No court has ever even considered, much less upheld, any suggestion that air travelers forfeit their right to remain silent in response to questions from the TSA or other Federal employees, much less from TSA contractors or airlines.

On international routes, bilateral and multilateral aviation treaties similarly require airlines to operate as common carriers, in accordance with published rules and a published tariff.

So if AA or any other airline refuses to sell you or a ticket, or to transport you, solely on the basis of your declining to provide Secure Flight data, they render themselves liable to Federal civil suit and damages for refusal of transportation in violation of their duty as a common carrier, as well as to formal complaint and revocation of their operating license for the same violation.

While the US government might intervene in US court to block such a suit on the grounds that any Security Directives issued to the airline were a state secret, that wouldn’t be possible if the lawsuit for refusal to transport were brought in the courts of a foreign country from which the airline refused to transport you to the US.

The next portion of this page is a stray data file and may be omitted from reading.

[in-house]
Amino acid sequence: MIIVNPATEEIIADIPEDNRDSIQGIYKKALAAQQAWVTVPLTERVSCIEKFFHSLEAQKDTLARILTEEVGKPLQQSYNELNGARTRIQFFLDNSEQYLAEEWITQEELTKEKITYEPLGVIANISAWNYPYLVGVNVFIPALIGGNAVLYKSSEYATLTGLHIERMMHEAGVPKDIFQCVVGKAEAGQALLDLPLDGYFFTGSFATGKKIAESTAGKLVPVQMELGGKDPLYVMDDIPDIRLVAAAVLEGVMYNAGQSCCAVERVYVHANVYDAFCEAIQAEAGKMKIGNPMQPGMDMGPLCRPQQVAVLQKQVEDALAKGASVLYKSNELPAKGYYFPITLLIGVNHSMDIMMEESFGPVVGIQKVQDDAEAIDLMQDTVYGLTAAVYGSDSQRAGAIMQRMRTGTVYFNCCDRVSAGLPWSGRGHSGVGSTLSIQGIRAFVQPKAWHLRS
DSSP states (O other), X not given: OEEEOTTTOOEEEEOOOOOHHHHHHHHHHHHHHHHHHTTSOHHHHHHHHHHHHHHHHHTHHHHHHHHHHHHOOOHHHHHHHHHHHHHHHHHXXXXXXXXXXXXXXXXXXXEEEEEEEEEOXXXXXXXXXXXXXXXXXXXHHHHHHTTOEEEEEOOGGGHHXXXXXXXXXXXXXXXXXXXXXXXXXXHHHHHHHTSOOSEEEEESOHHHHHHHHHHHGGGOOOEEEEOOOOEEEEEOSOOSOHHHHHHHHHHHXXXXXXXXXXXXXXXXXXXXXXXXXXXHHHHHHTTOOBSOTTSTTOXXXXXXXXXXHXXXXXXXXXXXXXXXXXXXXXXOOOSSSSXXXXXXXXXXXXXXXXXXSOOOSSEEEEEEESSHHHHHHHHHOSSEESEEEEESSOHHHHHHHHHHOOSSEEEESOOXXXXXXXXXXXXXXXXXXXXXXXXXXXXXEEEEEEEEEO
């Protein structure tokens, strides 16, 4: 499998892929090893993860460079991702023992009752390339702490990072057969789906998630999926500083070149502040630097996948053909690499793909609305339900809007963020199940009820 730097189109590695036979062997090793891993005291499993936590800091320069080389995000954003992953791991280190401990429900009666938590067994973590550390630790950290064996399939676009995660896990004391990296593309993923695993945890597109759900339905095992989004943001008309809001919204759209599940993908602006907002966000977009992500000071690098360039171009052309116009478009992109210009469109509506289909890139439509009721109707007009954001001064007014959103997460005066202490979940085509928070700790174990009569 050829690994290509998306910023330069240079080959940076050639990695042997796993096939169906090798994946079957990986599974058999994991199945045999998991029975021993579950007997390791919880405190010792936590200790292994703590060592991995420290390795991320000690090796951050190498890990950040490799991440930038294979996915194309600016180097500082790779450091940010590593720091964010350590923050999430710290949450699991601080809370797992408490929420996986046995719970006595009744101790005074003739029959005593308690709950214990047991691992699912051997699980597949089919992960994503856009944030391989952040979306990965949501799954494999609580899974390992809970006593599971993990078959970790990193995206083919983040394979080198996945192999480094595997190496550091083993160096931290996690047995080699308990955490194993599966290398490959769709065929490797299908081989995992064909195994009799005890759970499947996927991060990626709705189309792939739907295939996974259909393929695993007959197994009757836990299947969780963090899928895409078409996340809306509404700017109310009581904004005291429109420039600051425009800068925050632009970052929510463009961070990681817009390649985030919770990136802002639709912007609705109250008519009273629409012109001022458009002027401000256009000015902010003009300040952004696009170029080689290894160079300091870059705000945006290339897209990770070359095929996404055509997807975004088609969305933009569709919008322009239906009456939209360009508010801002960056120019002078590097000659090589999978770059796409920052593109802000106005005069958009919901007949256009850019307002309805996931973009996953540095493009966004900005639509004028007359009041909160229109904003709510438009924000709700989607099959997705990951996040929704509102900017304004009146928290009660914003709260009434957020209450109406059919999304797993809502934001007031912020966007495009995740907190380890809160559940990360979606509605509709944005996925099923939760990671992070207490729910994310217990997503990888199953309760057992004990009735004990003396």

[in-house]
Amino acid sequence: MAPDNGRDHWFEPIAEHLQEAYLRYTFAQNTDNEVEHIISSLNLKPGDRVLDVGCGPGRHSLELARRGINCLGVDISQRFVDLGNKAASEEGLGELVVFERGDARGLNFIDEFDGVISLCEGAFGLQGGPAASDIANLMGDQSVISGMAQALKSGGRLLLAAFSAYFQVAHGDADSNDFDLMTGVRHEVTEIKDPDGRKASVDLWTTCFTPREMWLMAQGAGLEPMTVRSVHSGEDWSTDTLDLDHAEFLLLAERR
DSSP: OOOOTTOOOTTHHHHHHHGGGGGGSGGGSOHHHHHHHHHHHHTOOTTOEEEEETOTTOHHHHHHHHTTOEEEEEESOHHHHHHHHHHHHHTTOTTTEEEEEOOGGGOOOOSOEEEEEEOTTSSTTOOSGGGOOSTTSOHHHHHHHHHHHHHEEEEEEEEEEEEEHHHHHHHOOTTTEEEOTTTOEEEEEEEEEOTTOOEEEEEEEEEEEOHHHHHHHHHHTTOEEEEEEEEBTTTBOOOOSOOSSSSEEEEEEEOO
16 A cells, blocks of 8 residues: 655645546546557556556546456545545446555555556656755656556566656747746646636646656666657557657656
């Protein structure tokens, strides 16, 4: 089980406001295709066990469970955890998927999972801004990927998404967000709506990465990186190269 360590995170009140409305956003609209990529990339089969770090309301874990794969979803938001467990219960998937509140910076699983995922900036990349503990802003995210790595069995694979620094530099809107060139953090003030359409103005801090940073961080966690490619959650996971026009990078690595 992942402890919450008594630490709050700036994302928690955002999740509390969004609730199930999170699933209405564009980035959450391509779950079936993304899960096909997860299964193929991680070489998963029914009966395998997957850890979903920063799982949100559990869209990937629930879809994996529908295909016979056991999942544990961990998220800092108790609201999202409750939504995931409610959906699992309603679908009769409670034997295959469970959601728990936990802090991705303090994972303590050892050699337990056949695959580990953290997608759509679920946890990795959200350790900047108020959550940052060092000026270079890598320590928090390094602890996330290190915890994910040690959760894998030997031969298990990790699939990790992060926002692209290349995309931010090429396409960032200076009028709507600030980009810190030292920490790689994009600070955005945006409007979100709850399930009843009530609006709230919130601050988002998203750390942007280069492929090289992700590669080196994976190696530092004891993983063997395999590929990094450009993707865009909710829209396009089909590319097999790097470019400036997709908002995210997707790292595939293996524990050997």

If an airline tried to file new conditions of carriage incorporating such a provision for denial of transportation, the US Department of Transportation would be duty bound, by Federal statute, to disapprove it.  And if the DOT approved such a filing applicable to an international route, the government of other affected country or countries would be entitled both to disapprove the filing (by treaty, international tariffs typically require approval by both or all countries involved) and to protest its approval by the US as a treaty violation.

We hope that, faced with these choices and risks, airlines will choose to follow Federal law and international aviation and human rights treaties, and will vigorously and publicly litigate their challenges to any US attempt, through secret Security Directives or otherwise, to get them to depart from their duty to the traveling public as common carriers.

6 Responses to “How will “Secure Flight” be enforced?”

  1. BlueFreak Says:

    How does this mix with APIS info requests for international travel? Since the Secure Flight info is generally a subset of APIS information that is required, won’t an airline be able to say that they were required by law (or regulation, to be technical) to collect this information anyway?